20. This is why we can't have nice things. living fossils are a perfectly valid idea, it should be a term of respect for a lifeform that has hit its 'sweet spot' as it were. a goal all life should aim for, to have one's basic body plan be successful in most/all likely scenarios for eons.

    but because humans are imbeciles and cant even grasp the basics of evolution beyond a shallow simplified view like "more change = more evolution = more better", it has become this foolish idea. Shame. shame upon us all.

  21. 2:34 postosuchus isn't a crocodylomorph it's rauisuchian but both rauisuchian and crocodylomorphs are in loricata clade

  22. You claimed you were going to debunk the living fossil idea. Then you explained why living fossils were a thing. Then you pretended you'd debunked something that you'd confirmed.

  23. I always understood that "fossils" were the preserved remains of ancient life; therefor there was no such things as "living" fossils.

  24. Could you consider that becoming resistant to a sickness/illness is an evolution ? Does the immune system getting stronger becomes a proof of evolution?

  25. I believe many people would love to see an “in depth lengthier video” on human evolution based on the evidence throughout the fossil record to this point. Early life of all sorts is great, but I want more insight on all of US on this planet.

  26. I believe that the sun is the answer to life, and our everlasting change and adaptation. The radiation we receive from being in sunlight might be at very low levels, but since we breed for hundreds of thousands of years, that particular level of radiation is what leads creatures towards 'controlled mutation' or known as evolution. The particular muscle groups and bones we have in our bodies that are used most, or even used less during this process show very strong changes over the course of x million years. If you believe in evolution of the homo sapiens from monkeys, then you might notice that since we walk upright, we went from a 4 handed + 4 armed creature to a 2 legged 2armed creature with feet. The neglect our other two hands took over time ended us up with just two hands. The reason this happened was because our ancient ancestors traveled, almost non stop. I guess because they were tribal, and multiplying at faster rates. I think that our technological breakthroughs lead to the human races' rapid expansion and multiplication. But I digress, I think that radiation is the missing variable.

    Radiation calls rapid aging in organisms, it has also been known to change genetics and DNA rapidly in high exposure. This is perhaps the reason why as our planet goes from one extreme to another in temperature, you see new forms of life and drastic changes in genetics (as well as genetic change reduction). Animals get larger, or smaller depending on that level of radiation. From dinosaurs to handheld lizards and little birds. Not necessarily temperature, but radiation exposure. Imagine, there were times of mass volcanic eruption, ice ages, meteorites and asteroids. These things, rapidly kill off species. But they do more than just that, they alter our layers of atmosphere leading to different levels of radiation exposure. It seems as if this planet has a solution to every destructive event, as if it is just meant to be that we exist. Even humans cannot break it. If the human race were to kill off all life on this planet through war and other destruction, life would still find a way.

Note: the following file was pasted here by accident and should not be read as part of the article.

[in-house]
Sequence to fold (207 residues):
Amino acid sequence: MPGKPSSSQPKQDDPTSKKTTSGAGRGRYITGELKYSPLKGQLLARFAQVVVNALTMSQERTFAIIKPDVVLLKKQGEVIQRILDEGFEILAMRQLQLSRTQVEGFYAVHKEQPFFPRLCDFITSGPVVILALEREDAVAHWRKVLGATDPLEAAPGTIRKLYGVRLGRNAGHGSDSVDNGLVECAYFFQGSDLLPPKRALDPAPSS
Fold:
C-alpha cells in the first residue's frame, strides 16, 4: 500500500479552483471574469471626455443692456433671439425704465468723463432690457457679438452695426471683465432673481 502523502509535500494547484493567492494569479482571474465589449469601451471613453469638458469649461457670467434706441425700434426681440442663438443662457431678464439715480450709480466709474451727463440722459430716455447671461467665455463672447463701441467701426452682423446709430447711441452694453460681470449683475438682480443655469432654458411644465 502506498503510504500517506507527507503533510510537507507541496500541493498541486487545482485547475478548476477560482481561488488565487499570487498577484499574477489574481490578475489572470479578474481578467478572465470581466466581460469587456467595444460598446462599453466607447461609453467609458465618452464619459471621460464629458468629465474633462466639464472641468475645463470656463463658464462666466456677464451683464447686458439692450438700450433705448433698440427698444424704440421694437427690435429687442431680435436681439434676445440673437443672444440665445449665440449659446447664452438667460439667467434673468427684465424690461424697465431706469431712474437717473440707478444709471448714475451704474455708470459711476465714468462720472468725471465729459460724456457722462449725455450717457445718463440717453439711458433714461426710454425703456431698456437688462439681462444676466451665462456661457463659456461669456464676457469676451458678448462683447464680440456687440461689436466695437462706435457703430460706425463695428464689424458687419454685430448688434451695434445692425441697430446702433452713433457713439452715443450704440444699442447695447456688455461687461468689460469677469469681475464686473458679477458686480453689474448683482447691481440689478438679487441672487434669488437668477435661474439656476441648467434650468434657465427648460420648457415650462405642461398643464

27. See Lana I was right!
    Archer: Gee, I don't know, Cyril. Maybe deep down I'm afraid of any apex predator that lived through the K-T extinction. Physically unchanged for a hundred million years, because it's the perfect killing machine. A half ton of cold-blooded fury, the bite force of 20,000 Newtons, and stomach acid so strong it can dissolve bones and hoofs.

  28. Honestly, I still like the term to describe creatures that resemble their ancient ancestors, it's just a shame that people just love to take things literally.

  29. leopards and wolves arent fossiles… they are the real bones… deinosuchus……????? aligators and crocodiles have barely changed especially when you think its been over 65 million years…. coelacanth has barely changed for 360 million years…

  30. Ive watched so many video im starting to get these jokes on an educated scale. Like oh i get that now.

  31. "One by one, the classic examples—horseshoe crabs, coelacanths, cycads, and more—have turned out to be very different from the fossils that they apparently resemble, either at a genetic level or through subtle physical changes. Their recognizable nature is a red herring—these creatures simply did not exist in their current form millions of years ago." – Ed Yong

  32. The Dragonfly, fossils have been found from 300 MYA that are almost exactly the same as today's insects. I agree the term "Living Fossil" may not be scientifically correct, but it is a term which can describe a particular species in few short words without a lot of explaining.

  33. You should take some lessons from Hank and Olivia on how to talk to your audience instead of talking to the camera.

  34. Tuatara being the last of Rynchocephalians… like us being the last of humans DX (I'm sorry I'm really bummed about that…how cool would it be meeting someone like "I'm half Neanderthal and quarter Denisovian ")

  35. A Living Fossil Is a creature scientists thought was extinct million years ago but were found surprisely alive today, like the coelacanth